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House Call

The Art of “Happy Clashing” With Sophie Ashby

The Expert Team
a living room filled with lots of books and furniture

Photo by Philip Durrant.

Catch a glimpse of Sophie Ashby’s house in London’s Spitalfields, and it becomes immediately clear why she was named House & Garden’s Designer of the Year in 2021.

A vivid citron-hued sofa is paired with luminous art by Heath Wae and Lakin Ogunbanwo in the living room. Sophie’s home office is moody but bright, thanks to a pair of flame stitch swivel chairs and a Klein blue Gino Sarfatti desk lamp. The kitchen and bathroom are imbued with so much character, they look like they’ve been lived in for decades. The alchemy of her designs comes together like magic.

You wouldn’t guess that the 30-something South African started her firm at the young age of 25—following a degree in art history and a summer spent at Parsons in New York—that she grew her one-woman firm to a team of 15 (and her Instagram following to 128k and counting!) and that she launched a charity called United in Design, which addresses the lack of diversity within the interior industry, following the George Floyd protests.

Last month, Sophie unveiled a new HQ for her studio and her online shop, Sister, in London’s St James and is focused on major new projects in the UK and overseas. She chatted with us about her passion for collecting art, her dream client project, and the design rule she loves to break.

a bedroom with a bed, nightstand, and pictures on the wall
a bathroom with a tub, chair, pictures, and pictures on the wall

Photo by Philip Durrant.

Photo courtesy of Studio Ashby.

You’re designing a room—where do you start?

Art plays a central role in our process. I believe it has a vital place in every room. We often start there, sometimes literally taking a piece and building an interior around it, and other times more figuratively using it as the start of a narrative journey. No space feels complete without it. It’s through art that rooms become highly personalized and unique to each client.

How does natural light influence your color choices in a room?

At our studio, we’re driven by the potential for telling stories via the spaces that surround us. We find beauty in what’s there already and enhance it—and natural light is a key component. We love earthy and natural tones that recall the world outside, I find they’re very easy to live with, but I love all colors and try not to reject any from my palette. 

What’s the best question you’ve ever received in an Expert consultation? 

I was asked how to start an art collection from scratch, which is my favorite kind of question. I could talk about that for hours—it was such a joy to share some of my favorite places to source art and tips for building a collection. The Expert is totally different from our usual way of working and it’s so enjoyable. I feel an adrenaline high after each call because I work hard and fast to make sure the client gets the most out of their session.

a living room filled with furniture and lots of windows

Photo by Kensington Leverne.

If your interiors were a fashion icon, who would they be?

Peggy Guggenheim. She championed the avant-garde, was experimental and brave, but also somehow timelessly stylish. I appreciate her penchant for fabulous jewelry and spectacular eyewear—to me, ceramics, glassware, sculptures, and objects do the same thing for an interior when layered with beautiful furniture silhouettes. She lived an artful, creative life. I admire her very much.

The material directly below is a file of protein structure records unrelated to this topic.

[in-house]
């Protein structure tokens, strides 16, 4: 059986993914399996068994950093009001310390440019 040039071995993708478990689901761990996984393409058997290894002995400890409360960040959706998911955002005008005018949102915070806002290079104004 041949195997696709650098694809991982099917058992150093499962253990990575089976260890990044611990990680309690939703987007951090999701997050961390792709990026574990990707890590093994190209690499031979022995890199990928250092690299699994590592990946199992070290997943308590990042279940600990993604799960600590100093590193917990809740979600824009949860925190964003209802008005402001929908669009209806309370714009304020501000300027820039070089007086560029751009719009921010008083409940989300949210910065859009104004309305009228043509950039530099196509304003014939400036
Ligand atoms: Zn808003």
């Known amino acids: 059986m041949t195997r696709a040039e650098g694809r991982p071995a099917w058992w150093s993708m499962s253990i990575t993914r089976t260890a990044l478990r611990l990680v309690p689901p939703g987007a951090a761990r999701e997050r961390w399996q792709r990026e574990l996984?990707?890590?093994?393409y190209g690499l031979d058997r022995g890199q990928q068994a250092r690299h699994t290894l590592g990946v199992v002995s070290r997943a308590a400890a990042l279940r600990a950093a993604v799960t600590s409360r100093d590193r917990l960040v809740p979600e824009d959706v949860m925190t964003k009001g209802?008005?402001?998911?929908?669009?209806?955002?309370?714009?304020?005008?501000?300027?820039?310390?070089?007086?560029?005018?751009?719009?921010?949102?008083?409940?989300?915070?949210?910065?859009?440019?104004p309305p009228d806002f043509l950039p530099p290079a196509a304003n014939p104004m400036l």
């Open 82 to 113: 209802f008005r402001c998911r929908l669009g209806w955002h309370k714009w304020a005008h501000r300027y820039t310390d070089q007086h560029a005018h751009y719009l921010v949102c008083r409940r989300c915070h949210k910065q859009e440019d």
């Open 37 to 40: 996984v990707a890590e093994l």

What are you dying for a client to request?

My dream has always been to design a safari lodge. 

Which design trend needs to be retired?

I’m very bored of the all-white and cream everything look. It’s beautiful when done well but it’s hard to pull off and rare to see. Generally, I try to avoid trends as I think it’s the death of the designer to succumb to them, so we just opt for timelessness every time. 

a bedroom with a canopy bed and a colorful rug
a living room filled with furniture and a window

Photo by Philip Durrant.

Photo by Philip Durrant.

Where to save / where to splurge?

Always splurge on one piece of art that will move you. Save your pennies by reupholstering or upcycling vintage pieces or framing postcards and prints.

Favorite artist? What do you love about their work?

It’s almost impossible to choose, I admire so many artists: Amoako Boafo for striking, gestural portraits; Cinga Samson for surrealist oil paintings; Lakin Ogunbanwo for colorful, evocative photography; and Cassi Nomoda for truly sumptuous brushwork.

What should you always buy vintage? What vintage pieces are you eying right now?

There are some incredible vintage bedside tables on the market—we tend to always gravitate to pre-loved versions for our projects. I’m also always looking for a special bar cart or magazine rack!

Design rule you love to break?

Matching patterns. I like clashing prints—I call it happy clashing.

a living room filled with furniture and a fire place

Photo by Philip Durrant.

What are your go-to finishing touches that always elevate a room?

Books, plants, and objects. A room never feels finished without them. 

What hotel anywhere in the world represents ultimate luxury to you and why?

Mezzatorre. I love everything about the Pellicano hotels, the designs are beautiful, the settings are always magical, and Italian food is my absolute favorite.   

Favorite spot to hang out in your house and why?

My daughter Gaia’s bedroom. It’s at the top of the house so it’s really bright with views of trees and rooftops. I’m usually there with her and she is excellent company!

a baby's room with green walls and a white crib
a foyer with a red console table and stairs

Photo by Philip Durrant.

Photo by Philip Durrant.


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